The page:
A Founder’s Day Focused On Immigration in Boston’s North End
On November 3, Roxbury Latin celebrated its annual Founder’s Day, honoring the very beginning of the school, founded in 1645 under King Charles I by “the good apostle” John Eliot. In its 378th year, the school focused on immigration in the City of Boston over centuries—particularly in the historic neighborhood of Boston’s North End.
The day began in Rousmaniere Hall with choruses of Jerusalem and The Founder’s Song, and readings in Hebrew, Latin, Greek, and English from members of Class I. Historian and author Stephen Puleo gave the morning’s Hall address, which addressed the layers of immigrant history represented in the North End, from the time of the Revolutionary War through today. Mr. Puleo has written extensively about Boston, in his books A City So Grand, and about the North End in his books The Boston Italians and Dark Tide, about the Great Molasses Flood of 1919. He spoke about the “layers of immigrant communities” still visible in the architecture and culture of the North End, from the spark that set off the American Revolution; to the Irish who were predominant in the 1850s; to the Eastern European Jews whose aesthetic copper facades still mark many North End buildings; to the Italians whose food and culture has infused the neighborhood ever since, securing the neighborhood as Boston’s beloved “Little Italy.”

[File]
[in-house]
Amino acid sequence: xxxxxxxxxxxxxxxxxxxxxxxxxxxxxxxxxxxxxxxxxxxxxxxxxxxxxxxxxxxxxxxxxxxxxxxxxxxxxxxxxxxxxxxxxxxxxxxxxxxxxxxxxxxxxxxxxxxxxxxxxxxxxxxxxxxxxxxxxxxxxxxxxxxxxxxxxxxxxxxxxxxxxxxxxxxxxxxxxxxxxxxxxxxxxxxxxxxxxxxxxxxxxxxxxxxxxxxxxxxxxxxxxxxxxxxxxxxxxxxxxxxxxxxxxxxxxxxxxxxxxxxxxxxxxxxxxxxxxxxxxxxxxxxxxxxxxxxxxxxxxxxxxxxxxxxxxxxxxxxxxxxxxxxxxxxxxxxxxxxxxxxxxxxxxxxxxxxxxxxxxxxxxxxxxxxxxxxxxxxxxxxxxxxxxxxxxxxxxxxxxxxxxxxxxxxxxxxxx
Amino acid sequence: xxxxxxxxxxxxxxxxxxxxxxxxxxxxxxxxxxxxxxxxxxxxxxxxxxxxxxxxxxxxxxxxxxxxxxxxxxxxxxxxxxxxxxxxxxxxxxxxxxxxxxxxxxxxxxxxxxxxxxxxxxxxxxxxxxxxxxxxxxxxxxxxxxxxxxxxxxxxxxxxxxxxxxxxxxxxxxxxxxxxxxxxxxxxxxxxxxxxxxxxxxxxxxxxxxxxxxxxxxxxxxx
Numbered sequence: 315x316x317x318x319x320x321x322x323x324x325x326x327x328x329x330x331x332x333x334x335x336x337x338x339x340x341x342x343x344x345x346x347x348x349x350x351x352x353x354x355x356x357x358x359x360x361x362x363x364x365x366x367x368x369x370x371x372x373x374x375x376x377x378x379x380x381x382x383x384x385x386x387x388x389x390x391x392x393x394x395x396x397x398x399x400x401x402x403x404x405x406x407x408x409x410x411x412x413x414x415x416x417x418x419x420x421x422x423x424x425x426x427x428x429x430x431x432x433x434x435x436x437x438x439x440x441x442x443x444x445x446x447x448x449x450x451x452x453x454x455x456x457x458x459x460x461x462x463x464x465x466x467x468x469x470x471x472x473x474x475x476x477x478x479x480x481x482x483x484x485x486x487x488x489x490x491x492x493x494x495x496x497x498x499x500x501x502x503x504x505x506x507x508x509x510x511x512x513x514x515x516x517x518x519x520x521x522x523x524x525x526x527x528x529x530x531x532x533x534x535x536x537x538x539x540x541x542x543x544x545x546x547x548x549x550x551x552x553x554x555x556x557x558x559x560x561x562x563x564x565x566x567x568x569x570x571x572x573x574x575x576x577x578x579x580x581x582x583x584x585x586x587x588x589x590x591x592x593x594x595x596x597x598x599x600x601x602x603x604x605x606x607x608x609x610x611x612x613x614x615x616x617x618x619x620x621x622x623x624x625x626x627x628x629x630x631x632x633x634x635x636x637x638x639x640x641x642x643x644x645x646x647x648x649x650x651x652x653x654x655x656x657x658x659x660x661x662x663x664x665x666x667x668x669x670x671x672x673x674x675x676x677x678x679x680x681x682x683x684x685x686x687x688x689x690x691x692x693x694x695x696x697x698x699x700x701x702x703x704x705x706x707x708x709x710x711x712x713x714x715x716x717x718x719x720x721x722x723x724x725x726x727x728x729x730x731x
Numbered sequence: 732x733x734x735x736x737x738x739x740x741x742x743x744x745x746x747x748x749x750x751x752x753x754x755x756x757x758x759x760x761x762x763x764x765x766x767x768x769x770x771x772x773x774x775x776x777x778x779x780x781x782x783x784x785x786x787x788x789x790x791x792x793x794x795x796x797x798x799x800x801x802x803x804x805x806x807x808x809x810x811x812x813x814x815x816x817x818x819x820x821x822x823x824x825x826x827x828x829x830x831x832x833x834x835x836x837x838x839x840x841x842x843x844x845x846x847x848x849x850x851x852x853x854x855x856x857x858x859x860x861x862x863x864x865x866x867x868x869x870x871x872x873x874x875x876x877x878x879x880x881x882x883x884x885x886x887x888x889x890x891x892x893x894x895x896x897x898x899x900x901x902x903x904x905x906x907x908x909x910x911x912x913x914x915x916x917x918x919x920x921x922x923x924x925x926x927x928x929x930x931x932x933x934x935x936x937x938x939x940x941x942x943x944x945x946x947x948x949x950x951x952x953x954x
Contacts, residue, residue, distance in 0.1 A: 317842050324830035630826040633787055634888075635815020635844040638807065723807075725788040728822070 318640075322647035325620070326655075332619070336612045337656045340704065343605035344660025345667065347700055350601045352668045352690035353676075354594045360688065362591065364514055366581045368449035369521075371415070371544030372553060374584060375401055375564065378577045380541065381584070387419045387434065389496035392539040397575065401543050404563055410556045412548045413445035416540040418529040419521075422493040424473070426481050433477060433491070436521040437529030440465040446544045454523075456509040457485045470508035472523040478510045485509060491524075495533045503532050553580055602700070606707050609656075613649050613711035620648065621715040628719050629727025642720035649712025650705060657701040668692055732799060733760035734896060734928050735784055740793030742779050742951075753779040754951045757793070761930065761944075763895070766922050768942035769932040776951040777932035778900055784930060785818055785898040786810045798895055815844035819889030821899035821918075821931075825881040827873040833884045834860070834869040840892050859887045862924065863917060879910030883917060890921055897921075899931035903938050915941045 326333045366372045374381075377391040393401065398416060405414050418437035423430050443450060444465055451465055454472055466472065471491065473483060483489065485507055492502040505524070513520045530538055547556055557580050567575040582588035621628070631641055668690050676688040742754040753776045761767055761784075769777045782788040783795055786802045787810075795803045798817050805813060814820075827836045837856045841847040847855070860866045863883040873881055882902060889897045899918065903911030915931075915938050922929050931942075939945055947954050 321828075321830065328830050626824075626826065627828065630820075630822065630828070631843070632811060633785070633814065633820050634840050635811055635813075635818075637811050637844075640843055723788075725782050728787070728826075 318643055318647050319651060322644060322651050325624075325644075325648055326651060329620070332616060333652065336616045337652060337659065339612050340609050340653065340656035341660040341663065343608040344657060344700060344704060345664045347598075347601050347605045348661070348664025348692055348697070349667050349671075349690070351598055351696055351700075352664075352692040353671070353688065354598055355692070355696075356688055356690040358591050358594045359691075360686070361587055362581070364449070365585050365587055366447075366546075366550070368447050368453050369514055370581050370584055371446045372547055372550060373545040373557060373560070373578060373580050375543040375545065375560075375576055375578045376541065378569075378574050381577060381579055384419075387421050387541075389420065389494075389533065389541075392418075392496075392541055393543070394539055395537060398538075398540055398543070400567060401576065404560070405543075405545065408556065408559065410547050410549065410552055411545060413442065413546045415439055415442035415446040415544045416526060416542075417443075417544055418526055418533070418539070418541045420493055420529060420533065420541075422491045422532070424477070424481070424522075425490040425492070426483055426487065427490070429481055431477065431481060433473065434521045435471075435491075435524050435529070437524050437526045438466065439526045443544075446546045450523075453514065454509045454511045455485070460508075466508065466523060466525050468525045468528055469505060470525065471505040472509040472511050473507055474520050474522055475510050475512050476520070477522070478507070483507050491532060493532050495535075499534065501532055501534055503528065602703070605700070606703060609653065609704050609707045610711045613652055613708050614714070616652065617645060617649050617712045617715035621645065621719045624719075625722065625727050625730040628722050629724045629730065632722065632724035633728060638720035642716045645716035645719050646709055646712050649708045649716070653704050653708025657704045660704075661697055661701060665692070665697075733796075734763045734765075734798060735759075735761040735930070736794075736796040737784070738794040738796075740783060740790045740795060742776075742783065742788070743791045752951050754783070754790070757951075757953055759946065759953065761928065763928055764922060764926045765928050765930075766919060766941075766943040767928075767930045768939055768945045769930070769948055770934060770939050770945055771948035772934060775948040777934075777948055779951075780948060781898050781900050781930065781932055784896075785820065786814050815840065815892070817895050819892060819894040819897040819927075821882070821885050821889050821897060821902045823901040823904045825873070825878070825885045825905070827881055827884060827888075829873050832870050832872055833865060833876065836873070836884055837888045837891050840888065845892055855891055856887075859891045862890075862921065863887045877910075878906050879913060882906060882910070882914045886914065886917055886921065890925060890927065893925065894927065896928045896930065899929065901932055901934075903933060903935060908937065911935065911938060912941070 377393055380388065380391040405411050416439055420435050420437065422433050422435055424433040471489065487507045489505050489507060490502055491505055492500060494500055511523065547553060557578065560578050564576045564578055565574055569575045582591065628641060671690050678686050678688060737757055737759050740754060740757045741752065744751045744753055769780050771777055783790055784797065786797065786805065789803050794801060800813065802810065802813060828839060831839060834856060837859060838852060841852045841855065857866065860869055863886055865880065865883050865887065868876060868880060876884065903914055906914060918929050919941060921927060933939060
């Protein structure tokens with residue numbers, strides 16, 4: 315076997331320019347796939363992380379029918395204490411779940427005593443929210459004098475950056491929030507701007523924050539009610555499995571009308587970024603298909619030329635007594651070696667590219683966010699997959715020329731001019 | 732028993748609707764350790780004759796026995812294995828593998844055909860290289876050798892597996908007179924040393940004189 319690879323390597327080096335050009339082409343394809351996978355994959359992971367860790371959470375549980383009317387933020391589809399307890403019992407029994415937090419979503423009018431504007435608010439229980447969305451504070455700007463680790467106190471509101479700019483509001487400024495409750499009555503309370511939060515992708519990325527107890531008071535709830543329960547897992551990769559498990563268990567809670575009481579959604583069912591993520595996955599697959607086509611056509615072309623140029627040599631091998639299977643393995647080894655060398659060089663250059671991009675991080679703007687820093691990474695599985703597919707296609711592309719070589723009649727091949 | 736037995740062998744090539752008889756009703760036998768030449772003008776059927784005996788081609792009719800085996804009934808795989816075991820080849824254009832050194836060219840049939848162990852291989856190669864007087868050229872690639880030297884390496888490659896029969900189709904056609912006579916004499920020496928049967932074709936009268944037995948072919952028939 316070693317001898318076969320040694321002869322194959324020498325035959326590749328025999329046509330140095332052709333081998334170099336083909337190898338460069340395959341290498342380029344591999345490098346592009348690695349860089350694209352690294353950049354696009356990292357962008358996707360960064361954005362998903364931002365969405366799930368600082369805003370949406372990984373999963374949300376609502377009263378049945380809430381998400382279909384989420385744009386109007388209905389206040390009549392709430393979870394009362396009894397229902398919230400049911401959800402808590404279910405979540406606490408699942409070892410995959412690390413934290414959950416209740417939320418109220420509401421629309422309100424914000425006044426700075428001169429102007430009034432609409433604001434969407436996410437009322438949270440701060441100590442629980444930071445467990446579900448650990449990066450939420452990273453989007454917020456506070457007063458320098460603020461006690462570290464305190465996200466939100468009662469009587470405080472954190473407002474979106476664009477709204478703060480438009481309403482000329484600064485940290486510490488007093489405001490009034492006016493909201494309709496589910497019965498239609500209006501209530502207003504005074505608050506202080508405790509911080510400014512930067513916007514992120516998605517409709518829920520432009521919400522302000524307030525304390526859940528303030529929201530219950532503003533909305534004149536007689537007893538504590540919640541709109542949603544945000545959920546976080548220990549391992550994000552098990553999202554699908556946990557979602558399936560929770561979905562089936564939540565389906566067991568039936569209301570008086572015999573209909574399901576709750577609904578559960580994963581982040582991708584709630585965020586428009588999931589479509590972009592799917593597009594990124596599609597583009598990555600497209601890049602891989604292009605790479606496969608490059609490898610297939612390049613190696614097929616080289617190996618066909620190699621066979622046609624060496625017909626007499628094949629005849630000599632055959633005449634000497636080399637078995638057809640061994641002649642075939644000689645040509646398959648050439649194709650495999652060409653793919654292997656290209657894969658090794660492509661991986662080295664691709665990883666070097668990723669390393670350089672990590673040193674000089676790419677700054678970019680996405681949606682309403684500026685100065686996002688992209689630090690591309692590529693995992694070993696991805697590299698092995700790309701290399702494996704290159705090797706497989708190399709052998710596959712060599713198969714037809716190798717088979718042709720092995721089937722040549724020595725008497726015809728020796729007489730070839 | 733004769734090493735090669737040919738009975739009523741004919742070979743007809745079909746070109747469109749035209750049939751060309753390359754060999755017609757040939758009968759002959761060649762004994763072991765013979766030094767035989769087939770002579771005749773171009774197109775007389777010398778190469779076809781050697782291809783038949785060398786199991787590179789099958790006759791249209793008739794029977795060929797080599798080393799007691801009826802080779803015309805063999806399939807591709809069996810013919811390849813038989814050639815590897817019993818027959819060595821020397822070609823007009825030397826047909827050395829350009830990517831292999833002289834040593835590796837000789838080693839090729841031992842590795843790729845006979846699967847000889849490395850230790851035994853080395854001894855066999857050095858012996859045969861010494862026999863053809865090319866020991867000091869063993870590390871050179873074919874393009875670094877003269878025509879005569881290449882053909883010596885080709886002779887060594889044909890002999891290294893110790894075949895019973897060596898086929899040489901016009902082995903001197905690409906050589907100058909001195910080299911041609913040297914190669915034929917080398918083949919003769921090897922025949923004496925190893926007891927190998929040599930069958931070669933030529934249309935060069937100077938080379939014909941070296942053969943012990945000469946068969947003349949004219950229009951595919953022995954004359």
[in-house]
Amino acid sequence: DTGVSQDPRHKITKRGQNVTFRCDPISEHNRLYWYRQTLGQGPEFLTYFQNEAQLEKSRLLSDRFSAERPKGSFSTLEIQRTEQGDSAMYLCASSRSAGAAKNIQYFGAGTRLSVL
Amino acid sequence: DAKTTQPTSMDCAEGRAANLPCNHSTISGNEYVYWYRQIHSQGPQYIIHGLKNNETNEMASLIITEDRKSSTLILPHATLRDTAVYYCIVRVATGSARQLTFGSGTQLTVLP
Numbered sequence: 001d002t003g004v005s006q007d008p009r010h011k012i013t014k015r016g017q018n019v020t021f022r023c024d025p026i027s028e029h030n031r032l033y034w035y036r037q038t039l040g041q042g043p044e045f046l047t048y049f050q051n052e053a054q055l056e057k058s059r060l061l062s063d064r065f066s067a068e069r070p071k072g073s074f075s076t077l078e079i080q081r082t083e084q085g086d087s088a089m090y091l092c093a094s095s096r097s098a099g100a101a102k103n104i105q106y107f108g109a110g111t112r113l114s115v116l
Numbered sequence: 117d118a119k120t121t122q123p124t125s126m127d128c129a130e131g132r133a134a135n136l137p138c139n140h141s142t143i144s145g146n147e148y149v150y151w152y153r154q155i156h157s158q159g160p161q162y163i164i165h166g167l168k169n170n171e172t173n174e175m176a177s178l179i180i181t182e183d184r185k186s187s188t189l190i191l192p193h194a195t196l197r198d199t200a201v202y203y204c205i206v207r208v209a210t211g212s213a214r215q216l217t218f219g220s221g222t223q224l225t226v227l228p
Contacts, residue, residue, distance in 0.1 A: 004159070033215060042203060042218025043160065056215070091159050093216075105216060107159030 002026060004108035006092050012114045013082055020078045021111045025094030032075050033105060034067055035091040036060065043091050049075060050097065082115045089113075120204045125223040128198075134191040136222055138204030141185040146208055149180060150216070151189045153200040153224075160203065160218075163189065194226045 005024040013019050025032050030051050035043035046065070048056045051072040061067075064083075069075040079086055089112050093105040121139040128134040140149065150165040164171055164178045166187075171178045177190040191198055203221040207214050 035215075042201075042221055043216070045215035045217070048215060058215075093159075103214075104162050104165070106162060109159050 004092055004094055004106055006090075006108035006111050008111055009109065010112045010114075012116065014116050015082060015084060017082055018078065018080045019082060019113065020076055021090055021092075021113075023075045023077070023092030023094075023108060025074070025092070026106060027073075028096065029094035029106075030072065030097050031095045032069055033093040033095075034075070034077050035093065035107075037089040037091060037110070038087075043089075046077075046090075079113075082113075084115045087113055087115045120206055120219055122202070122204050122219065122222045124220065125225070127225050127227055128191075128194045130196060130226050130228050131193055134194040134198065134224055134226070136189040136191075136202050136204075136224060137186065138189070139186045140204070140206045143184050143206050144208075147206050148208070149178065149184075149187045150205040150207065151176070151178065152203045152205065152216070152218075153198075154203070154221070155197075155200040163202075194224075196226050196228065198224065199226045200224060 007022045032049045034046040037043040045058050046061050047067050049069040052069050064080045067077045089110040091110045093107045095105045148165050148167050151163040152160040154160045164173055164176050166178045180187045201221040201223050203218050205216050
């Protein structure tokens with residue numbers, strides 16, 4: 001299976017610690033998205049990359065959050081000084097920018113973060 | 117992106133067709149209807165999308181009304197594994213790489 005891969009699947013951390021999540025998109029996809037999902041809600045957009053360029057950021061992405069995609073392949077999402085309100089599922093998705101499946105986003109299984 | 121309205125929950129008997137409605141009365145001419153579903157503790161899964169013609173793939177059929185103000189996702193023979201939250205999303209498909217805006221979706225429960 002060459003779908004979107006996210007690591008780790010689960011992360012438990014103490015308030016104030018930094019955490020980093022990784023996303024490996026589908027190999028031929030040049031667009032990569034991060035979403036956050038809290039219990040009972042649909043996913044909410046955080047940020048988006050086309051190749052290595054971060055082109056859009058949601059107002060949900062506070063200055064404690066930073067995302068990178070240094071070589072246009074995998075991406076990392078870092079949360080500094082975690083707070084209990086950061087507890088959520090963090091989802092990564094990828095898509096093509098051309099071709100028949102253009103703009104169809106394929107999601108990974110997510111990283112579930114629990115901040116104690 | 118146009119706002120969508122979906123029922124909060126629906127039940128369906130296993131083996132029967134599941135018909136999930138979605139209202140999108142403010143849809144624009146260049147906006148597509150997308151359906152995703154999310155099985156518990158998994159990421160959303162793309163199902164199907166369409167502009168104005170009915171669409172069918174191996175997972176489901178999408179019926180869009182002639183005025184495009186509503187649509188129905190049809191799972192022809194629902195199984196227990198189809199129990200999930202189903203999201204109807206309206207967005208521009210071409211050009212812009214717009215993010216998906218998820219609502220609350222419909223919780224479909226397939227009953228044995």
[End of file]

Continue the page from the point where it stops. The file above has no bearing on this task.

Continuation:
At the conclusion of Hall, all 309 boys, along with the faculty and staff, assembled on risers on the Senior Grass for the annual all-school picture, followed by a rousing Kahoot! trivia competition, expertly emceed by Mr. Piper, in the Smith Theater and focused on Boston and North End trivia. Following that, the entire school piled onto the MBTA Commuter Rail for an afternoon in downtown Boston. Arriving in South Station, the school then walked in small groups up the Rose Kennedy Greenway to Faneuil Hall, where they enjoyed lunch in the Quincy Market Food Colonnade. Afterward, boys got a faculty-guided tour of the North End, visiting Faneuil Hall, Paul Revere House, Old North Church, and Copp’s Hill Burying Ground, learning about the many layers of one of America’s most historic neighborhoods. (Lots of boys were lucky enough to have a faculty leader who enjoyed Mike’s Pastry cannolis enough to splurge and share.)
After traversing the reverse route—along the Greenway, toward South Station, and then back to West Roxbury—on campus there was ice cream for all, and another successful and enjoyable Founder’s Day was in the books.
And after Founder’s Day, there is always Founder’s Day Pub Night! That evening, alumni and faculty gathered for the annual event at Clerys in Boston. View photos from that gathering of friends.